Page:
Opportunity meets ingenuity
Business in Hudson County continued to grow in 2013
by Art Schwartz
Reporter staff writer
Jan 05, 2014 | 9761 views | 0 0 comments | 74 74 recommendations | email to a friend | print
Business
GREATER HEALTH CARE – Palisades Medical Center in North Bergen broke ground on a new 57,000-square-foot Ambulatory Care Center, expanding their available services. Pictured is Palisades Medical Center President and CEO Bruce J. Markowitz.
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With Superstorm Sandy more than a year in the past, many businesses have started to thrive again. The Super Bowl in February is expected to bring significant business to the area. In addition, even in a slowly recovering economy, thousands of new units of development are being created throughout the county, adding new residents who want to eat and shop locally.

The existing local businesses are set to capitalize on these opportunities. Meanwhile, new businesses continue to open their doors, including sizeable hotels and restaurants.

Here is a review of local business in 2013.

Hoboken

In a mile-square city with more than 50,000 residents, Hoboken is a haven for shops, restaurants, and taverns. When the city is holding a festival or concert, it gets even more shoppers and diners. The business community has tried to think of ways to market itself and celebrate those who drive small business in town.

At the second annual Chamber of Commerce Business Awards in November, Haven Savings Bank was named Financial Institution of the Year, and Liberty Realty won Real Estate Office of the Year. Both were recognized for their efforts to help Hoboken recover from Sandy, including Haven’s donation of $250,000 to Hoboken’s relief fund following the storm.

“After Sandy, everyone really thought we were done for, but we’ve seen a 12 to 15 percent increase in sales this year and that’s great for our town,” said Liberty’s Michael Klein in accepting the award. “People still want to come here.”

Bijou Properties, a developer, won an award for Green Business of the Year, while Hoboken University Medical Center was named Hoboken Business of the Year after overcoming a difficult financial period.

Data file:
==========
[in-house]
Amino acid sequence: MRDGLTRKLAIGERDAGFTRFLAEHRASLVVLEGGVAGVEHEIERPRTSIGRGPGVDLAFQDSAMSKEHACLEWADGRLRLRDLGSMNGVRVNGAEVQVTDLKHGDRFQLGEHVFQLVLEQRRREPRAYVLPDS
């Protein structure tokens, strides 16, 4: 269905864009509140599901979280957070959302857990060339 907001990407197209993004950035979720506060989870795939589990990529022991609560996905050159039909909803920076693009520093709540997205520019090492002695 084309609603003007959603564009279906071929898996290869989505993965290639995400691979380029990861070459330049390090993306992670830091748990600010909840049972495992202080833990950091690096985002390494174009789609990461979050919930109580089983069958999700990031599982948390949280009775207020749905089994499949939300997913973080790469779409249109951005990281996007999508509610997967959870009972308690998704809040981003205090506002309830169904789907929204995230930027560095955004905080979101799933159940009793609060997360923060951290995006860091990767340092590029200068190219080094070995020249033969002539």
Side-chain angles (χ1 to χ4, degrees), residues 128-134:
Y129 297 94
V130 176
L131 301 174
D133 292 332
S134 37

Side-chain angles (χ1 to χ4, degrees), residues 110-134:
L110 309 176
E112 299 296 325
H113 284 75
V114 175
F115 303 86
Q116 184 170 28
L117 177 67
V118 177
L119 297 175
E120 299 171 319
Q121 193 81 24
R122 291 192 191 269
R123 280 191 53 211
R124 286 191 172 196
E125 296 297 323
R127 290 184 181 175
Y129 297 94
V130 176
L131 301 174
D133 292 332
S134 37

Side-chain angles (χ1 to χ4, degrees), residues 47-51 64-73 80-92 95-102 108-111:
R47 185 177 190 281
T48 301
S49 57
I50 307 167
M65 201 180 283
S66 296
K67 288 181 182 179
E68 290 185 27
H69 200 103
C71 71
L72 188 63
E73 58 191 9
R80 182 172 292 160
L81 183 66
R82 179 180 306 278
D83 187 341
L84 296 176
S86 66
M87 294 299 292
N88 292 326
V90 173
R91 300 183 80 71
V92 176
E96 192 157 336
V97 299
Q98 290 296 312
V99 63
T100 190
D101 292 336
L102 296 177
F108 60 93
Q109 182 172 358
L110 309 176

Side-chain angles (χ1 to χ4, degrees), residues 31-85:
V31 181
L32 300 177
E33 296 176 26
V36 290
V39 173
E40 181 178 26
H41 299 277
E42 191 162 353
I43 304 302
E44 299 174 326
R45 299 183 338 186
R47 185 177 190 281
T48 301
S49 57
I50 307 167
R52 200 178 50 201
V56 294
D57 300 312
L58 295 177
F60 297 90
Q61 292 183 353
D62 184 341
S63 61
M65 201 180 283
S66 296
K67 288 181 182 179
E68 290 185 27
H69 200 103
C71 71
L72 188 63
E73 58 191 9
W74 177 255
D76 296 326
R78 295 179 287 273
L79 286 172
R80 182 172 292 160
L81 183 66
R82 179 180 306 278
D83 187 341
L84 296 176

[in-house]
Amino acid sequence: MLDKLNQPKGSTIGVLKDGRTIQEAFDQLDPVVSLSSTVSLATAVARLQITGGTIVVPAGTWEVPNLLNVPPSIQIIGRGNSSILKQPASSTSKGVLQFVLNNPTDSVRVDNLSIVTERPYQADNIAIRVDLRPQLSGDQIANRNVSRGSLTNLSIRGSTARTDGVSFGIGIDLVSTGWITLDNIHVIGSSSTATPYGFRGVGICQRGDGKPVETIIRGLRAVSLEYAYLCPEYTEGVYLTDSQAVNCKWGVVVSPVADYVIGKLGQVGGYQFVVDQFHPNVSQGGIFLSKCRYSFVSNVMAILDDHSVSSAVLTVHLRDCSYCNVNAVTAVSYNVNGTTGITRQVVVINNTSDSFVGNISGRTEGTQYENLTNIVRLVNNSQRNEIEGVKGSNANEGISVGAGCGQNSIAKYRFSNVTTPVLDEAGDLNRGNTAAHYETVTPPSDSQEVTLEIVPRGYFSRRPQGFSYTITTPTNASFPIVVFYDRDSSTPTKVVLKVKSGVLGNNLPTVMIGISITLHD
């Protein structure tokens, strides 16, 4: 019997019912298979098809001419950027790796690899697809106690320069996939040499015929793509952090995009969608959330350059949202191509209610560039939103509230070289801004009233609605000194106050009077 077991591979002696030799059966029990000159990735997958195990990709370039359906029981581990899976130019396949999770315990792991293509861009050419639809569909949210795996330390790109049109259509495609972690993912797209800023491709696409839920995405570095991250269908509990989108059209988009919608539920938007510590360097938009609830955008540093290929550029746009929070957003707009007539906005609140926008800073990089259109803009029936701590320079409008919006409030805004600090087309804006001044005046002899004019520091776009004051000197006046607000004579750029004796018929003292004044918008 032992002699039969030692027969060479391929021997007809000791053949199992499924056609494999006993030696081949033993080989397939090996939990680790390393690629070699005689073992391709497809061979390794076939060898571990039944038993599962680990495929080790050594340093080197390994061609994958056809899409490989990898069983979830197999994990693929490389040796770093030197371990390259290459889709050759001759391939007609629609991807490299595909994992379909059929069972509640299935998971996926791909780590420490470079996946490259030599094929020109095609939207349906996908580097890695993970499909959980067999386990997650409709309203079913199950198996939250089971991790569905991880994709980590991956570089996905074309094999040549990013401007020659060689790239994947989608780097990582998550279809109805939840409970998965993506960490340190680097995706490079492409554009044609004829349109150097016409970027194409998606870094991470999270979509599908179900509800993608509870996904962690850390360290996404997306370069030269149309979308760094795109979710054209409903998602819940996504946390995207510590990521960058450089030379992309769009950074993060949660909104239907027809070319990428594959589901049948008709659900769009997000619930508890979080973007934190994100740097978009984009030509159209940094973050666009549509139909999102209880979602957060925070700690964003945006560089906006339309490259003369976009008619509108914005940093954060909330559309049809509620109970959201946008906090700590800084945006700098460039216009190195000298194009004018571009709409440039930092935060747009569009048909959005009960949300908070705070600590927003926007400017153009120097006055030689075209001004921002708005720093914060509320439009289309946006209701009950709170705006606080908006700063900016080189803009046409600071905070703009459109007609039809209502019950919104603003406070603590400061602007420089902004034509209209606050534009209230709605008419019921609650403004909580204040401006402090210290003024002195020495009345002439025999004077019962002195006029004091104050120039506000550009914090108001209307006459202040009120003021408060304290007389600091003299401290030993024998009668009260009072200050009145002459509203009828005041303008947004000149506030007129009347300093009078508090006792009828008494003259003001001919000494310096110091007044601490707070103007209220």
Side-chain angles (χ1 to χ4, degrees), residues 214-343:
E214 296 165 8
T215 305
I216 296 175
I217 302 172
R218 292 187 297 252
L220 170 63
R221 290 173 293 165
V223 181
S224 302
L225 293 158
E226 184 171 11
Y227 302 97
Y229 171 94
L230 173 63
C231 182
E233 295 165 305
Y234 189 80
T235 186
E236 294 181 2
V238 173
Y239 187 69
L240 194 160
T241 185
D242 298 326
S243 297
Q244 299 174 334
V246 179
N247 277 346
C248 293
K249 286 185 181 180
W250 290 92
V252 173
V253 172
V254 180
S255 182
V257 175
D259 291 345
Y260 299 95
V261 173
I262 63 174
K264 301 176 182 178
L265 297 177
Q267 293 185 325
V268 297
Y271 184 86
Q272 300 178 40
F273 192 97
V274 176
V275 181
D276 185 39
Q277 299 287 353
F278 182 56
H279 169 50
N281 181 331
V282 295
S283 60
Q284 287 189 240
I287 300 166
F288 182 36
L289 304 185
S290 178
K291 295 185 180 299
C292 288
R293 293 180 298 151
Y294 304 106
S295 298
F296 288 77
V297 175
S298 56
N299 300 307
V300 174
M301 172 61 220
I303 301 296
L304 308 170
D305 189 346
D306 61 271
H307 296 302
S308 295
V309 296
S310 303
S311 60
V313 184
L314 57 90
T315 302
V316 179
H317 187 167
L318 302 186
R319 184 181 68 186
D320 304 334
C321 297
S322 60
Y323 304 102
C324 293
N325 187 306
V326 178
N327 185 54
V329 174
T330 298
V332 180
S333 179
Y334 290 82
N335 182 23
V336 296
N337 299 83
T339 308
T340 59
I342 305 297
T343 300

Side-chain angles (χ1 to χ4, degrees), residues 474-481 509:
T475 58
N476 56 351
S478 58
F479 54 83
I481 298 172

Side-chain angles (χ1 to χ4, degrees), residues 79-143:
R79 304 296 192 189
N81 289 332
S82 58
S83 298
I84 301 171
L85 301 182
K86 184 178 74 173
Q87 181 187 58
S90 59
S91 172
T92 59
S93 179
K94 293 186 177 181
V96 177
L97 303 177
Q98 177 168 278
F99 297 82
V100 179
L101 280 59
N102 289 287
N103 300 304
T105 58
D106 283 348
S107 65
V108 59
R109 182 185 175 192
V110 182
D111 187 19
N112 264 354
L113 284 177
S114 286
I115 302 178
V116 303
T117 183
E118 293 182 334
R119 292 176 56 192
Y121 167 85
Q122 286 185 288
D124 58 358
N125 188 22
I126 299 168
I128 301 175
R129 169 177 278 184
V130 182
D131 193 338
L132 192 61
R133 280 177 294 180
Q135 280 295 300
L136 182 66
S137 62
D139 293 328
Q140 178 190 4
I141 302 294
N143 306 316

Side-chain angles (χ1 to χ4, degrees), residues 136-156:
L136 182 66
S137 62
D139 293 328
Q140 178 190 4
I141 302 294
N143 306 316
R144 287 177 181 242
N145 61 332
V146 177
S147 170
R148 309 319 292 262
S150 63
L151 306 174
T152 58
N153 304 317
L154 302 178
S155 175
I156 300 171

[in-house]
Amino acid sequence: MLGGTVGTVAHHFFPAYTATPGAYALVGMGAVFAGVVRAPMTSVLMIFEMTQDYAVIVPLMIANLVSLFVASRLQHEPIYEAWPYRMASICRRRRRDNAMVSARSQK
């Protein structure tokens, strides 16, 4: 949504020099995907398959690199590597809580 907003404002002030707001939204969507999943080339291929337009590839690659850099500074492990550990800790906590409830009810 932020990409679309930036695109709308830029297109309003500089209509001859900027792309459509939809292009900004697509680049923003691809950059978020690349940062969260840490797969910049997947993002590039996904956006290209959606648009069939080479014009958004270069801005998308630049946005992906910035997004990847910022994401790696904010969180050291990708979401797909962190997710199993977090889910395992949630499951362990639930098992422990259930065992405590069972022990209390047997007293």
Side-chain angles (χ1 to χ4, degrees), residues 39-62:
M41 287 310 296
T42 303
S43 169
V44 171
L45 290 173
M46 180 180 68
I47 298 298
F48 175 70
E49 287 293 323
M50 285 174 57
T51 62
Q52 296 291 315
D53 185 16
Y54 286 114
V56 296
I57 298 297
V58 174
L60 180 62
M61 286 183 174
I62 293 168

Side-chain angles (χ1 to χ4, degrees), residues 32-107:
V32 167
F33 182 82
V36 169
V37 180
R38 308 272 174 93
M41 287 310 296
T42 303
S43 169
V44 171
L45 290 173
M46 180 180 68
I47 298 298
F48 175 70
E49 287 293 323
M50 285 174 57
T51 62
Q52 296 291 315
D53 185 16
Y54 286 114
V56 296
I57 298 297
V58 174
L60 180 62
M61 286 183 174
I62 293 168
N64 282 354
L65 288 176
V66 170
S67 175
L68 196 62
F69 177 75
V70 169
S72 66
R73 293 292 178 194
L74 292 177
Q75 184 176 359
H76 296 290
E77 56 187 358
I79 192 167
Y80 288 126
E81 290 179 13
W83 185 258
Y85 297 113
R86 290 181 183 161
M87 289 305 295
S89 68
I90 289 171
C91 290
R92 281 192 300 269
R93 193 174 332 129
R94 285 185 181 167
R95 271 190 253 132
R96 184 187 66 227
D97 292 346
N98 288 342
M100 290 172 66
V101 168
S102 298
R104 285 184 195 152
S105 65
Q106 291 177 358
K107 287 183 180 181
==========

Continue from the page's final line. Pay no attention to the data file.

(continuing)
Earlier in the year the Chamber announced a membership drive/contest in an effort to increase its member companies, offering new members greater advocacy and sense of community among local businesses and allowing for greater marketing leverage and profits.

There were several new businesses opening this year, and the historic Schnackenberg’s restaurant on Washington Street reopened after a renovation.

Maxwell’s, a famous restaurant and concert venue, closed briefly, then reopened just to serve food.

Jersey City

Jersey City is aggressively marketing itself as a prime location for business and tourism. And it has worked. VF Sportswear, a global lifestyle apparel and footwear conglomerate and parent company to the Nautica, Timberland, and Wrangler brands, among others, announced in December that it will be relocating from New York City to Jersey City. The company was awarded $13.1 million under the Grow NJ Assistance (Grow NJ) program by the Economic Development Authority (EDA) over ten years to facilitate the relocation, bringing 175 jobs to Jersey City.

The EDA’s Transit Hub Tax Credit Program also provided a $19.2 million tax credit to PHMII Associates, LLC – a partnership of Hartz Mountain Industries, Panepinto Properties, Inc. and Garden State Development, Inc. – to construct a 13-story, 240-unit residential rental community at 3 Journal Square in Jersey City.